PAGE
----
6
$\begingroup$

There are few examples of radiotrophic ecosystems on Earth. Of those discovered, the radiotrophs are limited to single-celled organisms and unique mutant fungi.

The reason seems to be due to a lack of concentrated radiation. The Chernobyl reactor is an energy source similar to a star or steam vent, able to support more complicated organisms. What would be a natural equivalent that would drive high energy ecosystems seen on the surface and deep sea?

$\endgroup$
2
$\begingroup$

I think you could do this with Radon. Radon is radioactive and gives off alpha particles, which should be easier for a putative radiotrophic organism to handle than gamma rays. Radon is generated in the earths crust continuously. Being a gas which is generated in solid areas, it will tend to collect in pockets where it can - sort of like water collecting in favorable areas on the surface. These pockets can be shallow and so have access to nitrogen or nitrogenous compounds and other needed minerals percolating down from the surface.

You do not want your radioactive energy source to swing from nonexisting to sterilizingly strong (the latter being a problem with the spontaneous nuclear reactors). Those swings are bad for the critters. The good thing about radon in this context is that the creation of radon is fairly steady and continuous, and the half life and so breakdown (into nongas elements) is short. So these subsurface pockets of radon should have stable levels of radioactivity.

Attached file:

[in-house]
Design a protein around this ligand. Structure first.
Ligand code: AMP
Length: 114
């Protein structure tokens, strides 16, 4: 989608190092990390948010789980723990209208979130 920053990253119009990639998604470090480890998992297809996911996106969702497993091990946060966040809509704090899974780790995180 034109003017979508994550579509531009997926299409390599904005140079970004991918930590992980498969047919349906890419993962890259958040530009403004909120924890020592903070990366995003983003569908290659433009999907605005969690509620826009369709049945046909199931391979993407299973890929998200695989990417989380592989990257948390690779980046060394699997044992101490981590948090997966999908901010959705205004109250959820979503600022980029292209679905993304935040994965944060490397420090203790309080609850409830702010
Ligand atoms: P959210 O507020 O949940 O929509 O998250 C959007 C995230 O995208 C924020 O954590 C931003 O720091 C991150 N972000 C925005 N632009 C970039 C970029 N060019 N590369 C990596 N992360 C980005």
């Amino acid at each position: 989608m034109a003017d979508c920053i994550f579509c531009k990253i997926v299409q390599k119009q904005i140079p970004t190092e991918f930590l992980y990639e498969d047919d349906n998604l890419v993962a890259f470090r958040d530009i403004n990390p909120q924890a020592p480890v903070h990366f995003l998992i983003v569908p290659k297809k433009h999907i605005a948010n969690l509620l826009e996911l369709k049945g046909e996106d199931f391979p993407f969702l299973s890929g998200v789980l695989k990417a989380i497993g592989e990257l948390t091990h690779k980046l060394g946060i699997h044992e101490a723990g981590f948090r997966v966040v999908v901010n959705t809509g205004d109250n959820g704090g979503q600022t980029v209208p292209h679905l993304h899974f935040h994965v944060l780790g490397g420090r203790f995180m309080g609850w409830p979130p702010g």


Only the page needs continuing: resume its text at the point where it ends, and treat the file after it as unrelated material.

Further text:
$\endgroup$
  • $\begingroup$ Is there enough energy produced to sustain ecosystems comparable to solar or geothermal? $\endgroup$ – Anonymous Sep 4 '17 at 22:31
  • $\begingroup$ I am pretty sure no. But I am having trouble calculating it. Radon emissions (alpha particles) are usually given in picocuries. Radioisotope thermoelectric generators also use isotopes that make alpha particles which are categorized by "isotopic power". But I cannot figure out how to convert one to another. Maybe a question for the physics stack... $\endgroup$ – Willk Sep 5 '17 at 17:12
1
$\begingroup$

Natural nuclear reactors are a thing. If might be possible that there are large deposit of radioactive material deep in the Earth that gives sustained power output. It is however thought that there isn't enough radioactive material in the upper crust of the Earth any more to sustain any natural reactors today.

$\endgroup$

Your Answer

By clicking “Post Your Answer”, you agree to our terms of service, privacy policy and cookie policy

Not the answer you're looking for? Browse other questions tagged or ask your own question.